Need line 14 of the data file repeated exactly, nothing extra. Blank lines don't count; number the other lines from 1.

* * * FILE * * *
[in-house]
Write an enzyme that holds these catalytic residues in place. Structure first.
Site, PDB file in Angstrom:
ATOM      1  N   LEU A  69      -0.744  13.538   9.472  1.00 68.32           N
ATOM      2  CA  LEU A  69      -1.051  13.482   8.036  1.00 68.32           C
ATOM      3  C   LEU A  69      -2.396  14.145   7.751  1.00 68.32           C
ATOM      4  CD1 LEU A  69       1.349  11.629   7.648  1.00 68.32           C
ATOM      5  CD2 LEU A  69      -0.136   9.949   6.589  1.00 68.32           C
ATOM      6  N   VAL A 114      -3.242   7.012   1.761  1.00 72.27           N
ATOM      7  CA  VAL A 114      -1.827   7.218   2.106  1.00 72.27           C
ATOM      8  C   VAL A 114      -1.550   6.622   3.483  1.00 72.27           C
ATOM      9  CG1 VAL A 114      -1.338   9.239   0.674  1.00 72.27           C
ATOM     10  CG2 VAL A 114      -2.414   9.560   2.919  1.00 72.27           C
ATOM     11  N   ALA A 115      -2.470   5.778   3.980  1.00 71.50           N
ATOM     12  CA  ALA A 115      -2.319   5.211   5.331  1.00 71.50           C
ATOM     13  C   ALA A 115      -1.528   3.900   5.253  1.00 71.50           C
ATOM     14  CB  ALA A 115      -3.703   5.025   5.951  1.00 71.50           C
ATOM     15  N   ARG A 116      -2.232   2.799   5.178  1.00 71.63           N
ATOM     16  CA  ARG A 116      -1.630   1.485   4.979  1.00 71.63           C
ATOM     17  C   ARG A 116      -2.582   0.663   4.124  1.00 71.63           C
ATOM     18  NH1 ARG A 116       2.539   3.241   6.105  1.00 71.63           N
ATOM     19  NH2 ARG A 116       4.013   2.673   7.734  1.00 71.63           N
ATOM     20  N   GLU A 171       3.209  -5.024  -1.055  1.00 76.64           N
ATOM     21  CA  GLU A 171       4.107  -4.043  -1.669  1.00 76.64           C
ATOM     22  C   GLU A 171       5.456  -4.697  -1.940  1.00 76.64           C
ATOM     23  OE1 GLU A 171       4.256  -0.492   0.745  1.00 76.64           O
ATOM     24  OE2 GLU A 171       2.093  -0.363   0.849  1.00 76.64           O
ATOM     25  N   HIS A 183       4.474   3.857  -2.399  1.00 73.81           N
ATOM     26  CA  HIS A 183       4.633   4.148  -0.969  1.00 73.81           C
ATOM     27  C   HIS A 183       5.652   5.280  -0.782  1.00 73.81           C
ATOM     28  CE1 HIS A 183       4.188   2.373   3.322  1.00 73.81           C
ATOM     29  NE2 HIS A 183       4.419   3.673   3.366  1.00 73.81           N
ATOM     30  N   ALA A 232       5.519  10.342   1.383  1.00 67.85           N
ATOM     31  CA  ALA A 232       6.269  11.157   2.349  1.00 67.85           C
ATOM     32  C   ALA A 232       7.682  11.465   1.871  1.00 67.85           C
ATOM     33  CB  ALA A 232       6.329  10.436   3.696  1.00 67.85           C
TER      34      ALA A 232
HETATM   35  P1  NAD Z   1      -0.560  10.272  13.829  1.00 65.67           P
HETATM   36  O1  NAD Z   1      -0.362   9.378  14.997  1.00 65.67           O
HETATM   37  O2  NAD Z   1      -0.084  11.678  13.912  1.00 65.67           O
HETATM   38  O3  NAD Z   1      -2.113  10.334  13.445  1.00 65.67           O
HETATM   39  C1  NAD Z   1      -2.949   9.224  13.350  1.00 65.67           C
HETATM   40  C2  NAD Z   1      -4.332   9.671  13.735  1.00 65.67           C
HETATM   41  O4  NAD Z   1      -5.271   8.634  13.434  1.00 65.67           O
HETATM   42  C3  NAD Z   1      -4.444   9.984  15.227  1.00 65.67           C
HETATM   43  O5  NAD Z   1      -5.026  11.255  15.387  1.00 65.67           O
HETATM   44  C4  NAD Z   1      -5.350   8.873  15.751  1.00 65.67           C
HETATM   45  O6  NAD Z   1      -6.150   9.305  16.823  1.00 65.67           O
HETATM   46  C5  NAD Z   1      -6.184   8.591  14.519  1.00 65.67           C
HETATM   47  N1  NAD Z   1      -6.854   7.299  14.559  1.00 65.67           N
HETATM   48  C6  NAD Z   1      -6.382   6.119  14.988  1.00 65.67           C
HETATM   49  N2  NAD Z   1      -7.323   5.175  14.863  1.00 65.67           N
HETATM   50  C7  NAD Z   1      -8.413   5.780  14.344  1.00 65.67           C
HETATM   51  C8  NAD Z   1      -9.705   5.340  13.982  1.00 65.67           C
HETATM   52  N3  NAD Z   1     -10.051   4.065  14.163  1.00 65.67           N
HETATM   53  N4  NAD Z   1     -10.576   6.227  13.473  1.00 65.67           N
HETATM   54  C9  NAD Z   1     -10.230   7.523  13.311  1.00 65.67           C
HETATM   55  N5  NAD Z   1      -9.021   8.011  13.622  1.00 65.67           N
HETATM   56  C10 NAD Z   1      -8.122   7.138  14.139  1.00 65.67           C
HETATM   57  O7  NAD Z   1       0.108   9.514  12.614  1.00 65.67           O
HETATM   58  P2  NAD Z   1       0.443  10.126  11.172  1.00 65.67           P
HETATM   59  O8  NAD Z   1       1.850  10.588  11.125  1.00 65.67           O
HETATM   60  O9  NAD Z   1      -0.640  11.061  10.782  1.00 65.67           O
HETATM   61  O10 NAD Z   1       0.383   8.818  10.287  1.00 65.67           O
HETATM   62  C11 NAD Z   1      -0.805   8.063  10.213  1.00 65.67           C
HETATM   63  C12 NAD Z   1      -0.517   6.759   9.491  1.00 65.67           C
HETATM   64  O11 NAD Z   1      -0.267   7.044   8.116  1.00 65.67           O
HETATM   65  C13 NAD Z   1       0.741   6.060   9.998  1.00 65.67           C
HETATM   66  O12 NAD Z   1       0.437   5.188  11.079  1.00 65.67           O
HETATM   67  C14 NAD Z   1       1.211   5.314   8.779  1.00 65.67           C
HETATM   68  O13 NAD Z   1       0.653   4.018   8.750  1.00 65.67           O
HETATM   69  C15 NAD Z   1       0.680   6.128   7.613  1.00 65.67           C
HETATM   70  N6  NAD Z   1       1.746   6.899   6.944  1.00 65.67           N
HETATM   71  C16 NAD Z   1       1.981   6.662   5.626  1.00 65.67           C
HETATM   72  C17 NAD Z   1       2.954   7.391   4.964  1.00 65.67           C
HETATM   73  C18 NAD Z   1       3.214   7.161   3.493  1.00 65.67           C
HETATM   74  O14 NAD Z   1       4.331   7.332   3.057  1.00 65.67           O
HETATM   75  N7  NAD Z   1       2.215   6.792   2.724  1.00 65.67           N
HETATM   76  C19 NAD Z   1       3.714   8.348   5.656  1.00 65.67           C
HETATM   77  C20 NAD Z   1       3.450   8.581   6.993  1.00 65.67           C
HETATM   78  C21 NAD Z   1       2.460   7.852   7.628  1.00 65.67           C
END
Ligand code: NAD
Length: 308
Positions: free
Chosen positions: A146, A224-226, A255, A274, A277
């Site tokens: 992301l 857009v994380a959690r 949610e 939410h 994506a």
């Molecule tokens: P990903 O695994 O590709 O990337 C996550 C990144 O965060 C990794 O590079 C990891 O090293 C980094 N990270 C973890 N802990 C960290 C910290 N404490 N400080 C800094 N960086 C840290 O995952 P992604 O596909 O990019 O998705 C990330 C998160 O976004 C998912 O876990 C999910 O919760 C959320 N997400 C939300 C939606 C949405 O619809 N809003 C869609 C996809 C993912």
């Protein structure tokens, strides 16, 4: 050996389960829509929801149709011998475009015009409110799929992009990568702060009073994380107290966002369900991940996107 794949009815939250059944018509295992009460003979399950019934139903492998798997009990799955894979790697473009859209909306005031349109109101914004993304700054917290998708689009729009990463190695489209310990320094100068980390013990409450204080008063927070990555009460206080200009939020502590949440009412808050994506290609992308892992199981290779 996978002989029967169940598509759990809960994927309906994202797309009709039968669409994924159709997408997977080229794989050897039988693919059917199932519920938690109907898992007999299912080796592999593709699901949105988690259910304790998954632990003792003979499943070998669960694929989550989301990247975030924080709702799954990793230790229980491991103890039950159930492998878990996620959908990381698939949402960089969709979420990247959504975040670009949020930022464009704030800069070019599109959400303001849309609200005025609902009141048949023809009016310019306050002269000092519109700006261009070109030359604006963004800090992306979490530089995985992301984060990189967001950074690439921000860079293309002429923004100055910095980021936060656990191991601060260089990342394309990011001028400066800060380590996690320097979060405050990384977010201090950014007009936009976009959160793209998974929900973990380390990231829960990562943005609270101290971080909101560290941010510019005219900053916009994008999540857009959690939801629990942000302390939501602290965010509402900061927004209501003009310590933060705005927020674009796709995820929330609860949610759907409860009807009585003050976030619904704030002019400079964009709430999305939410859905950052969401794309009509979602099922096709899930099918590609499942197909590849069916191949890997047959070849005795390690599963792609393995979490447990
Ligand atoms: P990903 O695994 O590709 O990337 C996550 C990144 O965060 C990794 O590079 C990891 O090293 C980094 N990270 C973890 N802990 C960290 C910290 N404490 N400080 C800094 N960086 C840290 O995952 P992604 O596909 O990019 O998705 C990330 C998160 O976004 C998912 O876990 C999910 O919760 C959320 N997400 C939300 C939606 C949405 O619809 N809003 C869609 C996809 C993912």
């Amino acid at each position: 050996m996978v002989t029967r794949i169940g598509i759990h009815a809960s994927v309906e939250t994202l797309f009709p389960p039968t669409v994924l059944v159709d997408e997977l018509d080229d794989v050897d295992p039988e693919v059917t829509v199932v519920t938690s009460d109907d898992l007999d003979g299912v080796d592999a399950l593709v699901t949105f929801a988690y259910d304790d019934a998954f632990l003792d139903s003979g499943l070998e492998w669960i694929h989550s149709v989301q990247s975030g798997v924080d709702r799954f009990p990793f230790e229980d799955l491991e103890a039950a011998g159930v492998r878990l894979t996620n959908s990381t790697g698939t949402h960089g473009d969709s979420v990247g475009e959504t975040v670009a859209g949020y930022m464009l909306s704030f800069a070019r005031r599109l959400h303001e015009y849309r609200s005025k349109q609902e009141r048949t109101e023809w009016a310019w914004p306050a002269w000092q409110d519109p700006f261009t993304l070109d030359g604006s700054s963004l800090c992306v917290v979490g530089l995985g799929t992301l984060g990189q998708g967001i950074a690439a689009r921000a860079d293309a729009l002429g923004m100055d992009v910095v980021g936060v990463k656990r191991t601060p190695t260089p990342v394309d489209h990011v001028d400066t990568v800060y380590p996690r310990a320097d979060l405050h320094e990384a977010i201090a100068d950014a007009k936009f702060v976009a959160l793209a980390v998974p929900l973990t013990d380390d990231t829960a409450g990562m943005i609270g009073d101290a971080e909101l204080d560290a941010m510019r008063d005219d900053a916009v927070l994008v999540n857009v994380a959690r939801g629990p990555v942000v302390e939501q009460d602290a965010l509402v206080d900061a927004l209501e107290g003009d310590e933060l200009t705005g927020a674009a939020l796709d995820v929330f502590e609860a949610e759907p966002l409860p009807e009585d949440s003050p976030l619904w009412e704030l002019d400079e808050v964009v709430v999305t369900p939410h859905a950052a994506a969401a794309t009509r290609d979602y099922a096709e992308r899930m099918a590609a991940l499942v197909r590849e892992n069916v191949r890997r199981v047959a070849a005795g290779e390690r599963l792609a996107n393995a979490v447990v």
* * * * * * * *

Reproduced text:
ATOM     11  N   ALA A 115      -2.470   5.778   3.980  1.00 71.50           N